Anchor line length..

#1
I am setting up a new to me Pram (Thank you, Ive), for chironomid fishing.
Have a couple of Thomas Pocket Pullers installed.
I was wondering how much anchor line length should i purchase for most scenarios?
I was thinking 50' should be plenty, but I have never done this.
I am pretty certain 50' will do me fine at Pass lake, who knows where I'll wind up.
The Pram is opening up all kinds of new water to me.
 

Buzzy

Active Member
#2
I rarely fish stillwater deeper than 30 feet so in most cases a 50 foot rope is adequate. However, with any wind, I like to scope out the bow line anchor so I run 60 feet of line. Once I have the bow anchor set and scoped out, I drop my stern anchor pretty much vertical with the bow mostly into the "W". This works much of the time. If the "W" is shifting direction often, then my boat will swing since the stern anchor doesn't offer resistance. This can be an issue when fishing "naked" (vertical fishing with midges and a full sink line). Anchoring perpendicular to the wind and anchoring fore and aft gives you better control of the boat's motion but I don't like fishing over the side, I like fishing right off the stern.

Another thing to consider is your type of anchor. I've been really frustrated with my usual bow anchor (4" steel round stock) when the bottom is hard and slopes. It doesn't hold in these cases. It works great if the bottom is flat, muddy or weedy. I've taken to carrying a different anchor when fishing a couple lakes where I do tend to break loose........

That's one sweet boat you bought!

Pat
 
#3
Thanks Pat, as well as for some good anchoring info.
Yeah, the Pram is really sweet. Unfortuatley, I had to build a trailer, etc. and I've had the darn thing maybe 6 months, and only took the maiden voyage a week ago.
Very smooth on the water, and the experience of just the amount of **** I can have with me, as compared to fishing in my float tube, is amazing!
 

Krusty

Active Member
#4
Thanks Pat, as well as for some good anchoring info.
Yeah, the Pram is really sweet. Unfortuatley, I had to build a trailer, etc. and I've had the darn thing maybe 6 months, and only took the maiden voyage a week ago.
Very smooth on the water, and the experience of just the amount of **** I can have with me, as compared to fishing in my float tube, is amazing!
And being dry, without any body heat loss through submergence, will greatly extend your fishing hours during the shoulder seasons.
 

Irafly

Indi "Ira" Jones
#6
Not to mention the opportunity to sample adult beverages without having to go to shore for relief !
This times 1000.

How much extra space does 10'-20' of anchor rope take up? I have 50ish' on both my anchors, but I do wish at times that I had more, especially in heavier winds. I will agree with Buzzy with the type of anchors, but I'm to darn lazy most of the times to switch.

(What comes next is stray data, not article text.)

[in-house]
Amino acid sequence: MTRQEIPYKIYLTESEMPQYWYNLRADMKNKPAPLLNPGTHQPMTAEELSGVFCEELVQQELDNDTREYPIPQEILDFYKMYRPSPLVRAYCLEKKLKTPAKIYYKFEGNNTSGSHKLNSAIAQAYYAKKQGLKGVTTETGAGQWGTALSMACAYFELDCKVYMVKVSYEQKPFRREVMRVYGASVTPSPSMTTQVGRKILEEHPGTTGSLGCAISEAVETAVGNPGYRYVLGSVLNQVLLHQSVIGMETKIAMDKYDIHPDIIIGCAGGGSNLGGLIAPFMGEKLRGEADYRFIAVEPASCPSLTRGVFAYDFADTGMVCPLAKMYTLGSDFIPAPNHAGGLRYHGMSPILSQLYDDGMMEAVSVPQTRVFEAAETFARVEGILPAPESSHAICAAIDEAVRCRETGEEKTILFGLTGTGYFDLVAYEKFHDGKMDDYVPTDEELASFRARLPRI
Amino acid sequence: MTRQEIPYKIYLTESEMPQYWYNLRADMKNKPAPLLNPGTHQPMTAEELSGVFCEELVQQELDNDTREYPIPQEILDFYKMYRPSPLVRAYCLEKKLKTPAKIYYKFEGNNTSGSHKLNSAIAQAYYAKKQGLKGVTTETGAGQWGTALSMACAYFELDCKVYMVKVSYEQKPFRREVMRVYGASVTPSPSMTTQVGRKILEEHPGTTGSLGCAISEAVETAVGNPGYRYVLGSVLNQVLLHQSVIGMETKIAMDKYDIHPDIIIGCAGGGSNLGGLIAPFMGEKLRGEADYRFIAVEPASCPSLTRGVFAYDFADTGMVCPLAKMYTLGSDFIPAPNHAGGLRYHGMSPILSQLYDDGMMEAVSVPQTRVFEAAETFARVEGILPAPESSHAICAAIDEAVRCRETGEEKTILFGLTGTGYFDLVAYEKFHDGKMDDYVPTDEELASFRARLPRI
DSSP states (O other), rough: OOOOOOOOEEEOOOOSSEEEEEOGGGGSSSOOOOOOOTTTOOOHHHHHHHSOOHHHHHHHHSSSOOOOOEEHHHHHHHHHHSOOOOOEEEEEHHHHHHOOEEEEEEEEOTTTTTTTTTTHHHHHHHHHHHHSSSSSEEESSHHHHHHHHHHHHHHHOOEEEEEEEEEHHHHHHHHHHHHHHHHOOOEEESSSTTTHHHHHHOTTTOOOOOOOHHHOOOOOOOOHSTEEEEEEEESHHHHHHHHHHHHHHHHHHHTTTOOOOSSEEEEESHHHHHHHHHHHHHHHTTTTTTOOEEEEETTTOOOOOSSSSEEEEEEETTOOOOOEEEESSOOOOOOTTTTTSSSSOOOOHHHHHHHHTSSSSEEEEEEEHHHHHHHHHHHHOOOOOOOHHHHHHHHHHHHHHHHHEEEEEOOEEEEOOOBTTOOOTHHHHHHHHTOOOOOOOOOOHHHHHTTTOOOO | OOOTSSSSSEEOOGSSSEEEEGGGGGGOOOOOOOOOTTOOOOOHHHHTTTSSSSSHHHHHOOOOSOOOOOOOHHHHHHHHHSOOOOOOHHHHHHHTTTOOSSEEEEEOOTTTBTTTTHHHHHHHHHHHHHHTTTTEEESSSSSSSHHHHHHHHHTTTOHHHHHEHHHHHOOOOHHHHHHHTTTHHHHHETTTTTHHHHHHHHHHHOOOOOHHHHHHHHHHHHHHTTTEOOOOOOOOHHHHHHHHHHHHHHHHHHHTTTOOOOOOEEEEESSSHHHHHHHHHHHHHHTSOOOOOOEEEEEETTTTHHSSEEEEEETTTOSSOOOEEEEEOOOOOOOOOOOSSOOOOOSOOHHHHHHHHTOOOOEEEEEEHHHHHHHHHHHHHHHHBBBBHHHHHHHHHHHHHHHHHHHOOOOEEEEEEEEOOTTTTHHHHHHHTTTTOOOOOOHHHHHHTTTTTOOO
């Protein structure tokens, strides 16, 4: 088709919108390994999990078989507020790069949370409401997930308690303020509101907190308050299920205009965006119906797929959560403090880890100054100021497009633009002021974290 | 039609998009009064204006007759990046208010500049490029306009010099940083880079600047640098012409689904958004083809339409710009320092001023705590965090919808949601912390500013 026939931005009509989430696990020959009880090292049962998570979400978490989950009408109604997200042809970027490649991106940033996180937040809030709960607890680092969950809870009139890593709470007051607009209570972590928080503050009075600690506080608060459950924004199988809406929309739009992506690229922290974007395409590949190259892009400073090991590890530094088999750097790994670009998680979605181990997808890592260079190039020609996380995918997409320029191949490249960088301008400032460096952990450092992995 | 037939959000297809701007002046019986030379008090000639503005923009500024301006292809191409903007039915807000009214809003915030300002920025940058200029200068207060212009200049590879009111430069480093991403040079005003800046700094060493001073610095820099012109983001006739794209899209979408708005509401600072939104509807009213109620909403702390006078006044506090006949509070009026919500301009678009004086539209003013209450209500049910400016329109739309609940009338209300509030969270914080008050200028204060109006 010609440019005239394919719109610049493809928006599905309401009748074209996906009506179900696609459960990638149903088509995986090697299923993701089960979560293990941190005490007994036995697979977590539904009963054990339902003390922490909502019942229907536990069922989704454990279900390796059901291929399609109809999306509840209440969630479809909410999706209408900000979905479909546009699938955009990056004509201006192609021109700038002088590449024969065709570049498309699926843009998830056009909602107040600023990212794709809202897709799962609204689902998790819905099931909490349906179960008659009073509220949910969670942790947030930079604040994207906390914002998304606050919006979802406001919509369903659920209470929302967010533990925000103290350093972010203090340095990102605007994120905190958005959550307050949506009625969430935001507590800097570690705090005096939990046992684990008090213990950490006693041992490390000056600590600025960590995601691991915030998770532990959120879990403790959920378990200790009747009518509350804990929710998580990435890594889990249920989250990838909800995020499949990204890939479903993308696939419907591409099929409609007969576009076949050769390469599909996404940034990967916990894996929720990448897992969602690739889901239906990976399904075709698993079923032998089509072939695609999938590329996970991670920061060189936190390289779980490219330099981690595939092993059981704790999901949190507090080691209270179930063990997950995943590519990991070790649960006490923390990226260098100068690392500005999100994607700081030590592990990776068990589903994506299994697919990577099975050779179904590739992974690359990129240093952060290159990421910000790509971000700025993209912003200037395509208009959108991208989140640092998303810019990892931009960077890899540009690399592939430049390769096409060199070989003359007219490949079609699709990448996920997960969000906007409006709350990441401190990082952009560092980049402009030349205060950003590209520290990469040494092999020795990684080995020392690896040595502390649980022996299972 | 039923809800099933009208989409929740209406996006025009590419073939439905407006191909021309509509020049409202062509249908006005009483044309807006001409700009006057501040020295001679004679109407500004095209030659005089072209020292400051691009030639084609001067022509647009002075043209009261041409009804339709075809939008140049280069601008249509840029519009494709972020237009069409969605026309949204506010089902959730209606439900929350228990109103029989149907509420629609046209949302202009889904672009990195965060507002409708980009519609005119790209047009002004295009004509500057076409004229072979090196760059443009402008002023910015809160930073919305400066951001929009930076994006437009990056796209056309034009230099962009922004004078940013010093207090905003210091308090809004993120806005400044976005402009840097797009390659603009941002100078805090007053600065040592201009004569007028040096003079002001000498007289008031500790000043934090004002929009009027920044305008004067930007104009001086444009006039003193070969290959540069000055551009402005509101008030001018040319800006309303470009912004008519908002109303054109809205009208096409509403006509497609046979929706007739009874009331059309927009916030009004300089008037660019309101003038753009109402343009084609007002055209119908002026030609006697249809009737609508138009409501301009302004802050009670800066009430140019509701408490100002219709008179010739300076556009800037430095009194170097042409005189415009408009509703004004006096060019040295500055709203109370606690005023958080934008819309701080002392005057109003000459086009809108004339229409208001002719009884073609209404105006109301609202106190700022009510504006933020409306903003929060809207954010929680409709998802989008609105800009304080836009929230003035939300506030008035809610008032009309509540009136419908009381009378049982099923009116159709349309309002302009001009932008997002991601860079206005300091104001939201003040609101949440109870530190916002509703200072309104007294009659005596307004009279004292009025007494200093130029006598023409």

#7
I use 65' on my pram. One handy thing I do (at the suggestion of John Farrar) is to use a feed bucket - stronger than a regular bucket - to carry everything. I dump in the anchor(s), pullers, sponge for bailing, and all the line. It keeps it organized and makes it easy to carry and store.

Another thing I invest in is good quality line. I get the braided stuff used on sailboats. It is much easier on the hands.
 

Buzzy

Active Member
#9
secret lake.JPG

I really like the idea of feed buckets for loading and unloading the anchors, Scotty pullers, line, foam pads for my rods, pea bucket, etc. But I tend to keep the dish pan instead because of its low profile when I have it on the stern seat of my pram. I could keep the bucket on the lower deck but then I have big feet and there's not a lot of deck space.
 

Lue Taylor

Lue Taylor/dbfly
#10
This times 1000.

How much extra space does 10'-20' of anchor rope take up? I have 50ish' on both my anchors, but I do wish at times that I had more, especially in heavier winds. I will agree with Buzzy with the type of anchors, but I'm to darn lazy most of the times to switch.
Ira you forgot to tell him what color of rope you perfer:D
 

Irafly

Indi "Ira" Jones
#15
Lue, you know as well as I do his ropes are multi-colored spliced sections of different diameter and type..... those knots are really neat at the pocket pullers he uses. :D
I'll have you know, that although this statement is true in its nature, given how I tend to operate, I have newer white anchor lines! I did discover that black anchor lines do not work as well, it is harder to see them in the water, which makes it harder to set your angle and when a fish takes you around the anchor line it is harder to see how to unwrap it. So Lue's point is a valid one to make.